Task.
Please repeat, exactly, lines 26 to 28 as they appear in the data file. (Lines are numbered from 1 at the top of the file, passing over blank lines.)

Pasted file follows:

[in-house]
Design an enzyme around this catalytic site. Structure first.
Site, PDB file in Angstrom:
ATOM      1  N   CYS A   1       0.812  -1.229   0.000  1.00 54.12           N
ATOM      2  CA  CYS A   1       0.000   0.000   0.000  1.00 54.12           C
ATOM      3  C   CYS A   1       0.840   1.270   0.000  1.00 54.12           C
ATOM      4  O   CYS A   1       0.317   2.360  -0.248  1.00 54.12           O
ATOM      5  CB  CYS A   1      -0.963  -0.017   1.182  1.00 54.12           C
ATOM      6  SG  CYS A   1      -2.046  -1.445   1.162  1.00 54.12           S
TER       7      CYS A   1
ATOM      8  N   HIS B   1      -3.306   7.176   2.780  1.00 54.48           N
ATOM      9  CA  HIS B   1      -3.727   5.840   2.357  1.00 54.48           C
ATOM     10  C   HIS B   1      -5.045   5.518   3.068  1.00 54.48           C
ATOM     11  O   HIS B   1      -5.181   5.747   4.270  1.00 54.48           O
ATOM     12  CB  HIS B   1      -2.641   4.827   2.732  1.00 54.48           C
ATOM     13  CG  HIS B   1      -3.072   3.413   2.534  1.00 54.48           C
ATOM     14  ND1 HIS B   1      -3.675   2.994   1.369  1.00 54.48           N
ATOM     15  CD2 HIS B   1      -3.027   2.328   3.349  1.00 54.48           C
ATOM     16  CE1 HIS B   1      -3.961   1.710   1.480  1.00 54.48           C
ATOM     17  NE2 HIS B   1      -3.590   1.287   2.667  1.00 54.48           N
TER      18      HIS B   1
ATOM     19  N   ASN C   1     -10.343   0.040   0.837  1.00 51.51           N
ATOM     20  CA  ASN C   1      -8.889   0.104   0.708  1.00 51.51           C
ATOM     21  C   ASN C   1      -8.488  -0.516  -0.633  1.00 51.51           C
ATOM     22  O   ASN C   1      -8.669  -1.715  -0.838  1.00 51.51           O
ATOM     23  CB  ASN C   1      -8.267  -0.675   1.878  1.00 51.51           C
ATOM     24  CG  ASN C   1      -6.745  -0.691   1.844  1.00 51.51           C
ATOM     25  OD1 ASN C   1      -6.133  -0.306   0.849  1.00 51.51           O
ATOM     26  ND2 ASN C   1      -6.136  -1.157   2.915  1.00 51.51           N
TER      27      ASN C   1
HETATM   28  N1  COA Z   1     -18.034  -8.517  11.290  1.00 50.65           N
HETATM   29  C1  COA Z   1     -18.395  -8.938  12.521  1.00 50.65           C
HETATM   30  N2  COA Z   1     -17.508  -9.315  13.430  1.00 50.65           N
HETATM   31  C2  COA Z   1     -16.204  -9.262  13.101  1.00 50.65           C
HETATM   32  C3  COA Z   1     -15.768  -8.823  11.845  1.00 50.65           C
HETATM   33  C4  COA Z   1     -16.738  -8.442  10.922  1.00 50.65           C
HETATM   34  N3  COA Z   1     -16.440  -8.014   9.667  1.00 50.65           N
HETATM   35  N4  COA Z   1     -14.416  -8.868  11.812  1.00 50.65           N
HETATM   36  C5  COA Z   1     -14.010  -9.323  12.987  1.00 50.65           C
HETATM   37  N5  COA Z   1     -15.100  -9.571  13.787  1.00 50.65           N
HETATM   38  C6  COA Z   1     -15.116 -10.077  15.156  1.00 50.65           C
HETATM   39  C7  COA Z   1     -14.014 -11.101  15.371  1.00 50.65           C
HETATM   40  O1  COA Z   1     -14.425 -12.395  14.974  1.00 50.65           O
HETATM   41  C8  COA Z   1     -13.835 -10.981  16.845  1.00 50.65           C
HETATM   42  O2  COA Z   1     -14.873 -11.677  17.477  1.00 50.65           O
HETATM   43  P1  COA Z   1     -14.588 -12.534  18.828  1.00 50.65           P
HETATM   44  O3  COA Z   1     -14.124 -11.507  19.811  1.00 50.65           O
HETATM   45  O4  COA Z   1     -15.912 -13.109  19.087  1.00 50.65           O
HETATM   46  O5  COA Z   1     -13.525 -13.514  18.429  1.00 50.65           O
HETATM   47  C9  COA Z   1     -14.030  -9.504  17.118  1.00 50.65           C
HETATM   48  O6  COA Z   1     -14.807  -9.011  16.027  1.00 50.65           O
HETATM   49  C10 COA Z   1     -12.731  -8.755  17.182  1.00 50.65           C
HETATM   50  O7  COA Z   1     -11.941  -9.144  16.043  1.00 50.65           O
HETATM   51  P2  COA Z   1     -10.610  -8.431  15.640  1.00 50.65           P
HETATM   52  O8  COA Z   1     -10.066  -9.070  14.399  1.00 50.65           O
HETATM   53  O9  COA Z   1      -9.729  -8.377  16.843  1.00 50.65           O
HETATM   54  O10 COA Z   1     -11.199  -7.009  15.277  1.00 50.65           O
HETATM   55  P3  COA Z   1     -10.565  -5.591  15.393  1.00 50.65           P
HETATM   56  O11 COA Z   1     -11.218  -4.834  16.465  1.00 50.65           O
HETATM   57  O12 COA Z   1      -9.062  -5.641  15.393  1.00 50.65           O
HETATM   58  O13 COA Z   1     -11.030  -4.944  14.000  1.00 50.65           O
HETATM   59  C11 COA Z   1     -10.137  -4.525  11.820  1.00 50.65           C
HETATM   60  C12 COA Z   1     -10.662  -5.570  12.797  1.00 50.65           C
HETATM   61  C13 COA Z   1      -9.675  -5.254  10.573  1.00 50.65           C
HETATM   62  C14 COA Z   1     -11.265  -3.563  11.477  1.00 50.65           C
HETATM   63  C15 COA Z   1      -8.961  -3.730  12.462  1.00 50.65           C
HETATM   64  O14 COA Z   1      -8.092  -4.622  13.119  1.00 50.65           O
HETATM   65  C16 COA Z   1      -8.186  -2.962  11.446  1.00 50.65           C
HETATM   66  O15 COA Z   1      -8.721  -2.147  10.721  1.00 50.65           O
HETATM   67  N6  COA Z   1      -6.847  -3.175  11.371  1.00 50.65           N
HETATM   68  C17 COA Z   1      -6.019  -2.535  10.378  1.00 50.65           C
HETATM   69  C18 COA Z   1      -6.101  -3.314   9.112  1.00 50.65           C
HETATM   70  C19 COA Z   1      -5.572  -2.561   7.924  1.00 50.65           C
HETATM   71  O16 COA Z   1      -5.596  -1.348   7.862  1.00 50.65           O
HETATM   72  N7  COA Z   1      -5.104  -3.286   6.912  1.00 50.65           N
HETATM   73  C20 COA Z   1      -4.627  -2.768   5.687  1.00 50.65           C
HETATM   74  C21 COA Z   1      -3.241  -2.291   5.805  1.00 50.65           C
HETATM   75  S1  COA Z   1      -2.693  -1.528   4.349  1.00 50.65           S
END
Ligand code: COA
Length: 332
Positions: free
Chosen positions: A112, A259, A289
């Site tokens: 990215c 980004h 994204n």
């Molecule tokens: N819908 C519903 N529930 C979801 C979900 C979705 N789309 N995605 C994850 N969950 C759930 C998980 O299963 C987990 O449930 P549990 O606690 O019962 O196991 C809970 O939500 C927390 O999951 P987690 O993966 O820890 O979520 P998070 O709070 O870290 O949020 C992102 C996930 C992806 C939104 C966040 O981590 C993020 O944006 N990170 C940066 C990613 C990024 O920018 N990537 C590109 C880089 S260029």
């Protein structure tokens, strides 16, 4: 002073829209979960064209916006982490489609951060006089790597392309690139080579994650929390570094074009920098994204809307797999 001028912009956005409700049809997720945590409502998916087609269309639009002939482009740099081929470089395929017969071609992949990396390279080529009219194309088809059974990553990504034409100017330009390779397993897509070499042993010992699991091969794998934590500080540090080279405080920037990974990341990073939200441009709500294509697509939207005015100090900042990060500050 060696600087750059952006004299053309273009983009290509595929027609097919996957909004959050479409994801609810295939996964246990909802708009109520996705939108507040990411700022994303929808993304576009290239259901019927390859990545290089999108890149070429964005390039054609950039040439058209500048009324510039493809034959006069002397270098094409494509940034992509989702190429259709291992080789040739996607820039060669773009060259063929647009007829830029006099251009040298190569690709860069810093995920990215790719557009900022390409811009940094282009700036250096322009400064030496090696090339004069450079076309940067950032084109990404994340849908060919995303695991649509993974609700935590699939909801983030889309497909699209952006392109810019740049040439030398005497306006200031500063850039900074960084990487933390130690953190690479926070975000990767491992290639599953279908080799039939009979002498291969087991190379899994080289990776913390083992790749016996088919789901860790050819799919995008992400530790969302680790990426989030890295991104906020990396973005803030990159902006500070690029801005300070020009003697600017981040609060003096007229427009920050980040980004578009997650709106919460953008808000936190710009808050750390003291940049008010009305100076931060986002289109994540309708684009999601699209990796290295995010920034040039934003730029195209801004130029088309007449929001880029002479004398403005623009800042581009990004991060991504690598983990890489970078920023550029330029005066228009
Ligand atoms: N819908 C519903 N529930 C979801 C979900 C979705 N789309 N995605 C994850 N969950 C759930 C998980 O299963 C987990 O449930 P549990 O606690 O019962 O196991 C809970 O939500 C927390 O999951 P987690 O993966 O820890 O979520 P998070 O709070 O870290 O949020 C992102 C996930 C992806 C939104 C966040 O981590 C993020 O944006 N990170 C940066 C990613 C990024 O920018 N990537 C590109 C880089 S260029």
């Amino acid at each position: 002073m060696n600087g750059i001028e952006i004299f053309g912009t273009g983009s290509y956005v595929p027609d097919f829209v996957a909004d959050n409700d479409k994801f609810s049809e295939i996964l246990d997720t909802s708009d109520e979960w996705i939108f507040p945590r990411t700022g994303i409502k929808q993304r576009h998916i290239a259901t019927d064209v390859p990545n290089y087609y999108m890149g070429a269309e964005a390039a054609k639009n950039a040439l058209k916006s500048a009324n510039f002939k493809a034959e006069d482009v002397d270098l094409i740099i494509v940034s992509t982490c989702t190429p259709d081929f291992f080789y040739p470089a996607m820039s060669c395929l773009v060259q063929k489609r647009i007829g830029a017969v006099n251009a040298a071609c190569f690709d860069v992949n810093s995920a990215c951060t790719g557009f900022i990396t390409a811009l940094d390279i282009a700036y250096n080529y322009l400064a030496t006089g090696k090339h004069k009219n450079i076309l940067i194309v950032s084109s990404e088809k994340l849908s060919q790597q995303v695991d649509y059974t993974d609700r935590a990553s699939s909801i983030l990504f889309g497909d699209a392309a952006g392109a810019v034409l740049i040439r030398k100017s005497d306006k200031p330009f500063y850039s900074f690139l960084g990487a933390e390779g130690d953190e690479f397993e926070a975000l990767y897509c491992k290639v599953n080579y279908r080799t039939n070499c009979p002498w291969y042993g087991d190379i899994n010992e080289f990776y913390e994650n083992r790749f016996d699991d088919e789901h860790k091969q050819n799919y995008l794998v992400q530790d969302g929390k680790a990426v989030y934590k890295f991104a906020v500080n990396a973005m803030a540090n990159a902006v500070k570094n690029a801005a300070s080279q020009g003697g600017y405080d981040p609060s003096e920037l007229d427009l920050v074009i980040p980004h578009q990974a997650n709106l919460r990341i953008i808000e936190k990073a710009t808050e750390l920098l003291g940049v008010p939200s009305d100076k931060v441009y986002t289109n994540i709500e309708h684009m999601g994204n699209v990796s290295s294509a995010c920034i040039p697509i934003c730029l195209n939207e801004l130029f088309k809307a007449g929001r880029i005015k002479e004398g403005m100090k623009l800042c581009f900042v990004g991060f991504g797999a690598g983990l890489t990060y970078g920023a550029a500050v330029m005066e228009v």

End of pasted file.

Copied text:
ATOM     23  CB  ASN C   1      -8.267  -0.675   1.878  1.00 51.51           C
ATOM     24  CG  ASN C   1      -6.745  -0.691   1.844  1.00 51.51           C
ATOM     25  OD1 ASN C   1      -6.133  -0.306   0.849  1.00 51.51           O